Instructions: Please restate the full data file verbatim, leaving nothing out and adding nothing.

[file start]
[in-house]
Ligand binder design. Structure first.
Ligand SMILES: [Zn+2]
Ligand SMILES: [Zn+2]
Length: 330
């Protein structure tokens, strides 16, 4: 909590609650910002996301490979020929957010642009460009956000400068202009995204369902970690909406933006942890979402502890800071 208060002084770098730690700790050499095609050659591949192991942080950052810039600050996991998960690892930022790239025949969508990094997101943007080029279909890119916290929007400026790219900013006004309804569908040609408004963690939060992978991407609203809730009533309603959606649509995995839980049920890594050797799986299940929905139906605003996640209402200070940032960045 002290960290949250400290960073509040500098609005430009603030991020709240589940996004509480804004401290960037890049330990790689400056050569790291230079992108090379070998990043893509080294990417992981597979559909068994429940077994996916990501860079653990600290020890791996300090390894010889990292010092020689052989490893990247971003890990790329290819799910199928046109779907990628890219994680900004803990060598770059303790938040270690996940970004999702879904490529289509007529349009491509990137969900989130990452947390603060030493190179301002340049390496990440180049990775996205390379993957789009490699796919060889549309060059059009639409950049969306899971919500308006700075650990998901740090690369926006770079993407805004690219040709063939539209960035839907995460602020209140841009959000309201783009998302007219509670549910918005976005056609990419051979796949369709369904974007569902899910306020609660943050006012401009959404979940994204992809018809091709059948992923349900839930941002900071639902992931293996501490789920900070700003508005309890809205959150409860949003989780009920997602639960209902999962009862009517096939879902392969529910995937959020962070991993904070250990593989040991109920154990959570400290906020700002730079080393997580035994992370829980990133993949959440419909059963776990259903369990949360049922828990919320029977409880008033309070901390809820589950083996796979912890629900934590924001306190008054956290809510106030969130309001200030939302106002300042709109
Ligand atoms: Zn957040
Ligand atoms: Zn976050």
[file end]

[in-house]
Ligand binder design. Structure first.
Ligand SMILES: [Zn+2]
Ligand SMILES: [Zn+2]
Length: 330
């Protein structure tokens, strides 16, 4: 909590609650910002996301490979020929957010642009460009956000400068202009995204369902970690909406933006942890979402502890800071 208060002084770098730690700790050499095609050659591949192991942080950052810039600050996991998960690892930022790239025949969508990094997101943007080029279909890119916290929007400026790219900013006004309804569908040609408004963690939060992978991407609203809730009533309603959606649509995995839980049920890594050797799986299940929905139906605003996640209402200070940032960045 002290960290949250400290960073509040500098609005430009603030991020709240589940996004509480804004401290960037890049330990790689400056050569790291230079992108090379070998990043893509080294990417992981597979559909068994429940077994996916990501860079653990600290020890791996300090390894010889990292010092020689052989490893990247971003890990790329290819799910199928046109779907990628890219994680900004803990060598770059303790938040270690996940970004999702879904490529289509007529349009491509990137969900989130990452947390603060030493190179301002340049390496990440180049990775996205390379993957789009490699796919060889549309060059059009639409950049969306899971919500308006700075650990998901740090690369926006770079993407805004690219040709063939539209960035839907995460602020209140841009959000309201783009998302007219509670549910918005976005056609990419051979796949369709369904974007569902899910306020609660943050006012401009959404979940994204992809018809091709059948992923349900839930941002900071639902992931293996501490789920900070700003508005309890809205959150409860949003989780009920997602639960209902999962009862009517096939879902392969529910995937959020962070991993904070250990593989040991109920154990959570400290906020700002730079080393997580035994992370829980990133993949959440419909059963776990259903369990949360049922828990919320029977409880008033309070901390809820589950083996796979912890629900934590924001306190008054956290809510106030969130309001200030939302106002300042709109
Ligand atoms: Zn957040
Ligand atoms: Zn976050």